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My birth certificate tells part of the story: I was born on November 12, 1935, in St. Louis, Missouri, to Thomas O. Moloney Jr and Mary E. Costigan, 28 and 26 years of age, respectively. On December 20, 1935, a clerk filed this data with the Bureau of Vital Records in Jefferson City, Jefferson City, Missouri.

This document attested to my emerging into chronos or chronological time: a quantitative measure of time in hours, days, weeks, months, and years. But kairos time, another Greek word, oriented me to the full mystery of my existence: a qualitative measure of time that accounted for the Sacred’s special presence in my life—those inexplicable O! moments.

Decades of living with chronic illness and pain, fatigue and constipation, of necessity, opened me to kairos time. Therein, I discovered the Crucified. How my passion soared as I kissed His knees during Good Friday’s Veneration of the Cross. I was not suffering alone. Unutterable prayer filled long nights of darkness atop my bed, froze tears, crusted my mouth. Such was my destiny to suffer.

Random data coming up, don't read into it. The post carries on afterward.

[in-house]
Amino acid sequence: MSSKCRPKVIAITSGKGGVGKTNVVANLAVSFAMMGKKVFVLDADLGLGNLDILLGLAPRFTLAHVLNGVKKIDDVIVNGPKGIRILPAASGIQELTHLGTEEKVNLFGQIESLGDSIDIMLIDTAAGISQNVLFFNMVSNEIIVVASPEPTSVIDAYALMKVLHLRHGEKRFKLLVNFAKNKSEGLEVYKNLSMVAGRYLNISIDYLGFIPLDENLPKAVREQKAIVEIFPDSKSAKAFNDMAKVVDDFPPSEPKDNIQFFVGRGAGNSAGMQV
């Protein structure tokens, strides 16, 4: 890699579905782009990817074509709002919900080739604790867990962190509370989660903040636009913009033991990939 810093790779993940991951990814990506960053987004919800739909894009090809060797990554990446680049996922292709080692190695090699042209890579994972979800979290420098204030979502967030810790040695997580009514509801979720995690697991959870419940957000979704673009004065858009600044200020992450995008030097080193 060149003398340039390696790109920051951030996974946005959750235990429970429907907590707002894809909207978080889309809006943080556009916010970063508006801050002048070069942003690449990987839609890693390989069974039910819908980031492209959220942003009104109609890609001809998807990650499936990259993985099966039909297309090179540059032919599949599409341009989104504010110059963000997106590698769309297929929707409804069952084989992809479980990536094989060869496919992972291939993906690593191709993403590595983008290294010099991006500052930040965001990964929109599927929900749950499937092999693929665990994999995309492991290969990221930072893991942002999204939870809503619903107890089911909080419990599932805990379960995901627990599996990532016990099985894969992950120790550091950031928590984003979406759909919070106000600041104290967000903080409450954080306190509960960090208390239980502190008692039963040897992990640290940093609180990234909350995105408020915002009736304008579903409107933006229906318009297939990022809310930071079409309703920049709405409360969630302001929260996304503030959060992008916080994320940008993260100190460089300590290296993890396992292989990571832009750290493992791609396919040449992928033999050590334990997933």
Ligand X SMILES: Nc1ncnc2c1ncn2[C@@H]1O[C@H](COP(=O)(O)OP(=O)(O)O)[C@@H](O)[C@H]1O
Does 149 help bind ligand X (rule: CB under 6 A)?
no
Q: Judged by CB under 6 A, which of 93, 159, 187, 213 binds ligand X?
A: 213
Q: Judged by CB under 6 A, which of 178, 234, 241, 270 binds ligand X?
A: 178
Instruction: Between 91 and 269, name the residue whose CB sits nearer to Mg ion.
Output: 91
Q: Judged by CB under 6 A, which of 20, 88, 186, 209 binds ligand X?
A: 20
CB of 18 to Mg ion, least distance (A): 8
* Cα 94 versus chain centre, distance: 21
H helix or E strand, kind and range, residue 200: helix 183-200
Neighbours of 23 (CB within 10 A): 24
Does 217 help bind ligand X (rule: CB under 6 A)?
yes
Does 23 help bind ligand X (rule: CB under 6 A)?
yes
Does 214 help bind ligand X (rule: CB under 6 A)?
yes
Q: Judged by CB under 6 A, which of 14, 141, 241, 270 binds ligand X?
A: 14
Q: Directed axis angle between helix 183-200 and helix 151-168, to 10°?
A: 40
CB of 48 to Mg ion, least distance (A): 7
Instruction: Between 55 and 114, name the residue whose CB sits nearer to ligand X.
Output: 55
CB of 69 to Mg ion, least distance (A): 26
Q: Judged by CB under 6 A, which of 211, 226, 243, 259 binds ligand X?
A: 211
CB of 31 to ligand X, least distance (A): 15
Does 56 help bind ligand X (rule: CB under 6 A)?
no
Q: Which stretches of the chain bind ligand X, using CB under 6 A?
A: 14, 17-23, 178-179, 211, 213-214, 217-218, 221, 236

Because of my reliance upon the Crucified for the next step, whether supported by a walk aid or limping on my own, I had neither inclination nor energy to live in chronos time. Relationships overwhelmed me. Anxiety precluded serious study, warped concentration, messed with my memory. Yet, I worked beyond retirement age, ever dependent upon health insurance to cover medical costs.

Now in my ninth week of hospice care, the Crucified still companions me. I am grateful for what has been and for what is emerging. Some kind of a finish line looms ahead, but it’s still indistinguishable.


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